UPDATE: Thanks to a follower of the blog I now know that the sound engineer was Masaharu Tanigawa who made a strange record in the early eighties and also played on the first Ché-SHIZU album. Also the band consisted of about five people playing different instruments. Check out the comments for more information.

Get it HERE

Tuesday 17 November 2015

Qua Dance - Same -198X- (Cassette), Netherlands

Qua Dance was a new wave band from the Dutch city of Groningen. They existed from 1981 to 1984 and consisted of Huib Westerbaan (bass), Roel Steenbeek (drums), Kees Douma (guitar) and Marieke Smit (vocals). They released one single in 1982 on the Frisian Top Hole Records which was posted a long time ago here and to be heard here. Also someone wrote a small article on Qua Dance over here.

This cassette might be from 1981, because bands tend to self release their material before they get picked up by any record label. It's a cassette-only EP release that contains five different tracks. As for the music: I guess you could say that this was one out of the thousands of obscure little bands worldwide that arose in the wake of new wave music in the early eighties. Qua Dance has a sound that fits right in with all the Siouxsie and the Banshees, The Cure or X-Mal Deutschland type of influential wave bands. Nevertheless, they do sound quite dark, minimalistic and use electronic sounds, but overall they do make pop songs. It's not entirely groundbreaking, but I'm sure people investigating every small wave band from the eighties are going to be happy with this (especially from Holland).

Get it HERE

Saturday 7 November 2015

VA - Risonanze/3 - Evocazioni Musicali di Temi Biblici -1979- (Tape, Edizione Paoline), Italy

After Risonanze 2 which was posted earlier on the blog, here we have the third and last in the series. Risonanze was published through papal record label Paoline from the Vatican and was based on biblical themes. The composers of the music were Ennio Morricone, Egisto Macchi, Gino Marinuzzi, Armando Trovaioli, Miriam Bordoni and Luigi Zito. These compositions were surely not primarily created as biblical themes, but gathered for this particular series and perhaps renamed. I'm sure most pieces are a lot older than 1979 as well. Very strange music history indeed.

If I compare the two Risonanze volumes I think that the first one is a bit more diverse and less classical in its approach. This one sticks far more to some sort of traditional biblical theme than the other. The pieces tend more towards classical and folk music, but nevertheless create imaginitave cinematographical atmospheres. Some of the songs have electronic sounds, whilst others have choirs of sacral voices. Ofcourse many of these Italian composers are undoubtedly some of the best in existence so this is beautiful music. Who has volume one of the series?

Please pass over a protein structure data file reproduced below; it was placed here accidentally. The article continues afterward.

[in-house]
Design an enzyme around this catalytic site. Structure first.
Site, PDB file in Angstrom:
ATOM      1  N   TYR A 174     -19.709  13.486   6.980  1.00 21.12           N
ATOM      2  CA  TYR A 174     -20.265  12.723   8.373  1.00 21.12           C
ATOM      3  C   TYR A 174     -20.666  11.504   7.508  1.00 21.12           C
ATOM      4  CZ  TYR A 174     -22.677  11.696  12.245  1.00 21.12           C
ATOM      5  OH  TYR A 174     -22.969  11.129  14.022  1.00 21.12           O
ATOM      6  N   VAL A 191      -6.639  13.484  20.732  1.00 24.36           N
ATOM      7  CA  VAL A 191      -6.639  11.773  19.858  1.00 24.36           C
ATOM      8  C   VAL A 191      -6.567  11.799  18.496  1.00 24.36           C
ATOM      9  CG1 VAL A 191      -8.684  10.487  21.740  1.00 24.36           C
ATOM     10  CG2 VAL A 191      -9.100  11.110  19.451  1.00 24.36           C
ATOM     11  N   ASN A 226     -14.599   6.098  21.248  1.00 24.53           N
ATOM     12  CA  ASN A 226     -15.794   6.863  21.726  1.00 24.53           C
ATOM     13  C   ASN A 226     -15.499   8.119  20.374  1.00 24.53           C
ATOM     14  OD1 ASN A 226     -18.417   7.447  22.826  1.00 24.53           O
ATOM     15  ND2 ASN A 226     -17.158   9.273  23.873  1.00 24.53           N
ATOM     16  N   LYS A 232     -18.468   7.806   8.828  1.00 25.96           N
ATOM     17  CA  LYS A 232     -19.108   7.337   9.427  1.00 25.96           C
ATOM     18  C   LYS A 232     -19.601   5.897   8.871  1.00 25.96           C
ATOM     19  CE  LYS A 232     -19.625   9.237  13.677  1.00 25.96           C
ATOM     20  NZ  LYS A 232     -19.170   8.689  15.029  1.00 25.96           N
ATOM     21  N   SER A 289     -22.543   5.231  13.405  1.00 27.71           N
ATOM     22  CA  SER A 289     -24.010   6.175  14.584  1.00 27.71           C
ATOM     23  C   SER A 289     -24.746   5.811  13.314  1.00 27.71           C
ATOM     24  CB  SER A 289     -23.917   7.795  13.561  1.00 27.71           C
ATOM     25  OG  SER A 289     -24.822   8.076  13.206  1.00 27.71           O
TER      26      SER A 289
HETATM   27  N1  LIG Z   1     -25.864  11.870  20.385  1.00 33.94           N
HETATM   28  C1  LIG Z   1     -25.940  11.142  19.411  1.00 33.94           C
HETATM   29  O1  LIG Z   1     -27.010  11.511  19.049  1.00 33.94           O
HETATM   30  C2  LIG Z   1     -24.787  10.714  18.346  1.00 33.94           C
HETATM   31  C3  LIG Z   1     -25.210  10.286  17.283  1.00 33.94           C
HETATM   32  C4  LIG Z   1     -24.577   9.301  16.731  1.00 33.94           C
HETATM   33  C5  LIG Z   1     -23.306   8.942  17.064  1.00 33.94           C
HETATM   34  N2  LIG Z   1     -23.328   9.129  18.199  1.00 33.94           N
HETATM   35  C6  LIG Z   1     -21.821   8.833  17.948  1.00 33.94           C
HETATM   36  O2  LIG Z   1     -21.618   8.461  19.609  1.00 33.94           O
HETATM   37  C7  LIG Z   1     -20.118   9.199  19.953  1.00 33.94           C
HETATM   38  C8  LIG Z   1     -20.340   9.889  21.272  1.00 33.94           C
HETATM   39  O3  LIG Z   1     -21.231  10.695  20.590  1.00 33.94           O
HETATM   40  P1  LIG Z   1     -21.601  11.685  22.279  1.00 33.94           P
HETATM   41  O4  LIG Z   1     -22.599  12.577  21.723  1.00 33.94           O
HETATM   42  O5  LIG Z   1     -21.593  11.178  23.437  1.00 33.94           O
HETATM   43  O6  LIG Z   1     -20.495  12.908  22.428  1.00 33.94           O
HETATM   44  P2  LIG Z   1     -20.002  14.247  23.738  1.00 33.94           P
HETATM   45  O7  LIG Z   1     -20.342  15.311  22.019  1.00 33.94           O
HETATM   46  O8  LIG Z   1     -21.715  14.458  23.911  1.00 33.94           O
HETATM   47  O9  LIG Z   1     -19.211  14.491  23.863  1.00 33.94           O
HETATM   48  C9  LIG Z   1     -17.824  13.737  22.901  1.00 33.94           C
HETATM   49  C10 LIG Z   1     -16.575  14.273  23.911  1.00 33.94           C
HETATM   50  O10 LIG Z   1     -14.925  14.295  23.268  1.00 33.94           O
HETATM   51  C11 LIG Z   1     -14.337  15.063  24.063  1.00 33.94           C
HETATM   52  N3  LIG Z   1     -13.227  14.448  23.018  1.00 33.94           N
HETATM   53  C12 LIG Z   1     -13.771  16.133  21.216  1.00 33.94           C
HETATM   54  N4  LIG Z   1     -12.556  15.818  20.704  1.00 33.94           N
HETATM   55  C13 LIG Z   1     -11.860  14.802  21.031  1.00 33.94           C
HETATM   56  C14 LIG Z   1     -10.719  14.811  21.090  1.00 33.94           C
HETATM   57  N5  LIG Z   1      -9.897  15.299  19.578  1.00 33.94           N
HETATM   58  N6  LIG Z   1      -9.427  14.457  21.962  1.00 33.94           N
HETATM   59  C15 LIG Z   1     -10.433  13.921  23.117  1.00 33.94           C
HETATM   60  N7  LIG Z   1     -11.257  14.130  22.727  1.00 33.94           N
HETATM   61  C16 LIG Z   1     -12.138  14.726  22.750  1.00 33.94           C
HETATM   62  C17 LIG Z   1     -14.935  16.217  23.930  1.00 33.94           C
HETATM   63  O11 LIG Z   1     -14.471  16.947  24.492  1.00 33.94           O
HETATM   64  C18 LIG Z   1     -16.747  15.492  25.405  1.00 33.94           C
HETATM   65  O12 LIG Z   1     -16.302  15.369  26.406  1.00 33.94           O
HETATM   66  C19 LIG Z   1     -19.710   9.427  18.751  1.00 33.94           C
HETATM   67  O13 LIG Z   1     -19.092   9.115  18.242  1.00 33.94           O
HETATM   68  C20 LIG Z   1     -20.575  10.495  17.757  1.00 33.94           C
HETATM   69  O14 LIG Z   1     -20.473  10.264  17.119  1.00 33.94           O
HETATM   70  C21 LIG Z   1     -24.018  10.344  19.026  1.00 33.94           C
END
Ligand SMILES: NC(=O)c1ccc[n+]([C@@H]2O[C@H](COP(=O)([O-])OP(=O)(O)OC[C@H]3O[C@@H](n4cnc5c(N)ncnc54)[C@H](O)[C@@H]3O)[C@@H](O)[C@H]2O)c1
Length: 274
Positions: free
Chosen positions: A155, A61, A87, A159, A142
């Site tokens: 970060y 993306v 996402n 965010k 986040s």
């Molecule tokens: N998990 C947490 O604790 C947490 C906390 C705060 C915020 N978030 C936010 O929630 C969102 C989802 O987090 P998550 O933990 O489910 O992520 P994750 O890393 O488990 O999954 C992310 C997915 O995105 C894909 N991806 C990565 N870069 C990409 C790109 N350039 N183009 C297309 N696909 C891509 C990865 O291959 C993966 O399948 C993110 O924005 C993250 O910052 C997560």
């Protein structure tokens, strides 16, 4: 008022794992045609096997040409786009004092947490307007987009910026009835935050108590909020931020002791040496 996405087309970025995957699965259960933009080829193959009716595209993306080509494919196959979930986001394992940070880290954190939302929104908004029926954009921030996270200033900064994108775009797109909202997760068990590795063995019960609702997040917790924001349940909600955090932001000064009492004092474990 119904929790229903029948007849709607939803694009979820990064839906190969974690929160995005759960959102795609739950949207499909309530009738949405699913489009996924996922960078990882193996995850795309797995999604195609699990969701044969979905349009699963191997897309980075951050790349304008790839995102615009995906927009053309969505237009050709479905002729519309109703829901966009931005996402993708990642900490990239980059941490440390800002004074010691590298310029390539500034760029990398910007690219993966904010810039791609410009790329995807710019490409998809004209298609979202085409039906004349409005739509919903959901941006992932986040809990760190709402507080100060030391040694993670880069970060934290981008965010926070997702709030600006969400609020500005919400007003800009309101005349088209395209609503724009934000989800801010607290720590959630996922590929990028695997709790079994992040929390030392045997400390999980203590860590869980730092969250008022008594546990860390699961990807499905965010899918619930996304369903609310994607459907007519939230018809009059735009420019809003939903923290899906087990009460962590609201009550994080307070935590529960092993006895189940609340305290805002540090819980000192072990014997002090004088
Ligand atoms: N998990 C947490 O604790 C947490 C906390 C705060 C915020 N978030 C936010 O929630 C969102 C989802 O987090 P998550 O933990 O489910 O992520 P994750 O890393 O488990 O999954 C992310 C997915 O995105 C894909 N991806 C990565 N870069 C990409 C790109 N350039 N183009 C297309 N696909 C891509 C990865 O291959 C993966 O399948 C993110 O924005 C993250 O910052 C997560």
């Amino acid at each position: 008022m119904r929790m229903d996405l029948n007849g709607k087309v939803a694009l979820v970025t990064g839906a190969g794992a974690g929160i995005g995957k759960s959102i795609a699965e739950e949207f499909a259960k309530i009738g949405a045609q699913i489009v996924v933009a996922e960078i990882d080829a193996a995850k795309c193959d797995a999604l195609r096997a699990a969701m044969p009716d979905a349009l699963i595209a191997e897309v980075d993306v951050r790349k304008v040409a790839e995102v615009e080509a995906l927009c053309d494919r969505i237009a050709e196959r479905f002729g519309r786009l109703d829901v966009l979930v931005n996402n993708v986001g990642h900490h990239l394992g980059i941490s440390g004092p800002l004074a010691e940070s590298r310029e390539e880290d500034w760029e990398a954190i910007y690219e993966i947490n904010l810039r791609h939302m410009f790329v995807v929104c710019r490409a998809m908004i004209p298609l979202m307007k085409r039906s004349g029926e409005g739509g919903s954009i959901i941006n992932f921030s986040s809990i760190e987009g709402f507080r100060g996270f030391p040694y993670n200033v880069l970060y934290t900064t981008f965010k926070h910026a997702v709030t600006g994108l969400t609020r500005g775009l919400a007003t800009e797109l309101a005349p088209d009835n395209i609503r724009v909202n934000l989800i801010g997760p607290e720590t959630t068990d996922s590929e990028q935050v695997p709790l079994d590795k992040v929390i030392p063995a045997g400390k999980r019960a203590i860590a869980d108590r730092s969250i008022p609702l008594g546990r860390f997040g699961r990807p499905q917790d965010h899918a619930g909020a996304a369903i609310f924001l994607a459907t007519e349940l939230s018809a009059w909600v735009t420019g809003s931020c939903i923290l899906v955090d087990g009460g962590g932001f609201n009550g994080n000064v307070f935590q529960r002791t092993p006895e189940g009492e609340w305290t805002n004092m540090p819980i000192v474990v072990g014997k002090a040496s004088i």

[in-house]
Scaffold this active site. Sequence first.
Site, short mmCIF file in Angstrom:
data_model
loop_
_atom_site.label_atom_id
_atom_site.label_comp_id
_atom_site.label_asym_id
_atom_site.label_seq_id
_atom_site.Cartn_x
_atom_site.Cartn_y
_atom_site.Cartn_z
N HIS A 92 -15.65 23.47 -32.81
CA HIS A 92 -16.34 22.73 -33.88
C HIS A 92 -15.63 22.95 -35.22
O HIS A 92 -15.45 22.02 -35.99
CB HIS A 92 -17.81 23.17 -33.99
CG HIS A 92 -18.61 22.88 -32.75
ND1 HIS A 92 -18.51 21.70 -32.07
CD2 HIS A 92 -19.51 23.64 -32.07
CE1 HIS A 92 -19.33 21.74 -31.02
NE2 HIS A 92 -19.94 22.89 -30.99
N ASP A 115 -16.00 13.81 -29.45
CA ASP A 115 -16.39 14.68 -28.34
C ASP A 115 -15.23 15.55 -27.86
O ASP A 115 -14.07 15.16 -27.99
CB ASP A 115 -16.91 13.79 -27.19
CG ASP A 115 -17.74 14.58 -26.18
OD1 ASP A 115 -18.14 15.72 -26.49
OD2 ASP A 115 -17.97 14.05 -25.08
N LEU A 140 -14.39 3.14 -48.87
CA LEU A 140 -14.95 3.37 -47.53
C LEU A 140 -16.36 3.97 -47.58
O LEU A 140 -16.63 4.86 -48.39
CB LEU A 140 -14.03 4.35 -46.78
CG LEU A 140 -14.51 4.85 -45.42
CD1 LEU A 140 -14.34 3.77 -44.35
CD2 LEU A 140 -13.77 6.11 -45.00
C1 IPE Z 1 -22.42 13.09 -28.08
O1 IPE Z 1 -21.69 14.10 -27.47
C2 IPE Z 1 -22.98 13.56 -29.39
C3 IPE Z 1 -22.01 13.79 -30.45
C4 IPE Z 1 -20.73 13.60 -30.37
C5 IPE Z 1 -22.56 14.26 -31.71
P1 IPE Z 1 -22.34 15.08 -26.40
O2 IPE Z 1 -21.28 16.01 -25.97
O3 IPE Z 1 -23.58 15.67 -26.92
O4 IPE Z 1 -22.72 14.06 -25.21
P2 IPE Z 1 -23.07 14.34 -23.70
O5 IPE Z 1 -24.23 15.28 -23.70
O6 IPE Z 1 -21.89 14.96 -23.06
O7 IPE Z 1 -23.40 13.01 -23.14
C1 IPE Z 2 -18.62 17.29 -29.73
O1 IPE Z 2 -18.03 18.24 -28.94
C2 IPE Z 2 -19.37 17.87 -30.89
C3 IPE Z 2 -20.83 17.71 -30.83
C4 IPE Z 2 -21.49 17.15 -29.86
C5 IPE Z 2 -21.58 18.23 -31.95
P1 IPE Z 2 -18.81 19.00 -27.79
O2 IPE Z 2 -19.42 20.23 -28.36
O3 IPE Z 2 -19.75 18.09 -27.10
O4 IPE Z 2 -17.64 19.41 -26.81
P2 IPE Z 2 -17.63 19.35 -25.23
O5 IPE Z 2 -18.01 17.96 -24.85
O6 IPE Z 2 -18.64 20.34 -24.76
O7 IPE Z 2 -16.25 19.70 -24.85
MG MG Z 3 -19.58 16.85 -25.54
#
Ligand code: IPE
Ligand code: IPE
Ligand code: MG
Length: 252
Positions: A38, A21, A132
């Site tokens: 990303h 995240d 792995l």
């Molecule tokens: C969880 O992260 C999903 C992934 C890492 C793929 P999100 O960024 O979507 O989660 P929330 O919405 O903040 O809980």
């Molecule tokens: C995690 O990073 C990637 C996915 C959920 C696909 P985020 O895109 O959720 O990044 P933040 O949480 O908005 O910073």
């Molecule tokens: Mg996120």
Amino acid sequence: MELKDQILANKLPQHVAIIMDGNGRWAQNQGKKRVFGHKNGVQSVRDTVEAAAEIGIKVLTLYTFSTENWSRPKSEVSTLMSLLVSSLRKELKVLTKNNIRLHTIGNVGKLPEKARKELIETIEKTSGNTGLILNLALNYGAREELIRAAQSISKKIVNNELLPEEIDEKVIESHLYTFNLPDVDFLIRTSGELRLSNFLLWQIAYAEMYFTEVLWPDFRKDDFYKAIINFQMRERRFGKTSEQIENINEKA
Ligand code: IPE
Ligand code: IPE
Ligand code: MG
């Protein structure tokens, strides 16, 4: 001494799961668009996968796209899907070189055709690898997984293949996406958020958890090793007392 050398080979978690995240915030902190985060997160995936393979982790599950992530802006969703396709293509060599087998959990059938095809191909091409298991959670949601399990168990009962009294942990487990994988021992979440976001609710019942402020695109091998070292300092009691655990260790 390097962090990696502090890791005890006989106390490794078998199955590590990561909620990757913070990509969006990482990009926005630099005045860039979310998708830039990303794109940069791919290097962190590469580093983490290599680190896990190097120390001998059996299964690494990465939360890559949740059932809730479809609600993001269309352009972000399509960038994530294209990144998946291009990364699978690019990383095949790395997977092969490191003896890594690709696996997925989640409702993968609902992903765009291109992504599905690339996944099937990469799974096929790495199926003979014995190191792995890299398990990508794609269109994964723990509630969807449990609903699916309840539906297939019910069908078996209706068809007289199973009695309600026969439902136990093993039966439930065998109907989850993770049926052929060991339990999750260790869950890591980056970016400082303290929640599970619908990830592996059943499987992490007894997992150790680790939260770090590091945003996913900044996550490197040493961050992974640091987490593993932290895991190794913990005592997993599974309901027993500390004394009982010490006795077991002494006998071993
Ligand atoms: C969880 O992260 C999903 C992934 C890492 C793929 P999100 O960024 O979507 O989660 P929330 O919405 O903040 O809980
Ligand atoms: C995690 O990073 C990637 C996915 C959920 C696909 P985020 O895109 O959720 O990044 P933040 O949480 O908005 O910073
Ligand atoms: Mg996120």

Get it HERE

Donated by Kim

Also wanted to say that these coming months I will have some truly in-cre-di-ble posts coming and you will love it! Stay tuned!

Saturday 24 October 2015

Theo Loevendie Consort - Chess! -1972- (LP, BASF), Netherlands

This record is most likely the first real jazz album I've put on the blog so far, but it's a real classic in its genre. Theo Loevendie is a Dutch jazz clarinetist and composer and has been one of the key figures in Dutch jazz and improvisation since the sixties. In the early seventies Loevendie created two albums under the name Theo Loevendie Consort: Chess and Mandela (both have been reissued on a CD which is also out of print).

The Theo Loevendie Consort is basically a Dutch supergroup of jazz and impro musicians. The group consisted of trombonist Willem van Manen, icon of Dutch jazz: saxophonist Hans Dulfer, bass clarinet wizard Harry Sparnaay (to be found on this blog), pianist Leo Cuypers, bass player Arjen Gorter, saxophonist Leo van Oostrom and drummer Martin van Duynhoven (who was also in Group 1850, one of the best psychedelic Dutch bands from the sixties and seventies). You can find all these musicians on countless albums over at Inconstant Sol, as well as more Loevendie stuff.

Chess! is an important album in the Dutch (free)jazz realm, but to my personal taste not the best effort you'd expect from a supergroup like this. I suppose it was hard for them to find the right balance between their melody foundations and free jazz outburst and the space everyone had within that division. But then again maybe that's exactly what they tried to do according to the liner notes, namely:  "Anthitheses, depicting a fight between worn-out traditions and the modern improvisation approach". For example the first piece chess is a nice combination of a simple happy melody and free jazz. The piece brasilia combines a Brazilian-like melody with chaotic saxophone bursts. All in all the whole is a cool example of Dutch free jazz and does grasp the groovy spirit of that particular time in Holland. Maybe it's just that one has too high expectations being confronted with a supergroup of this degree.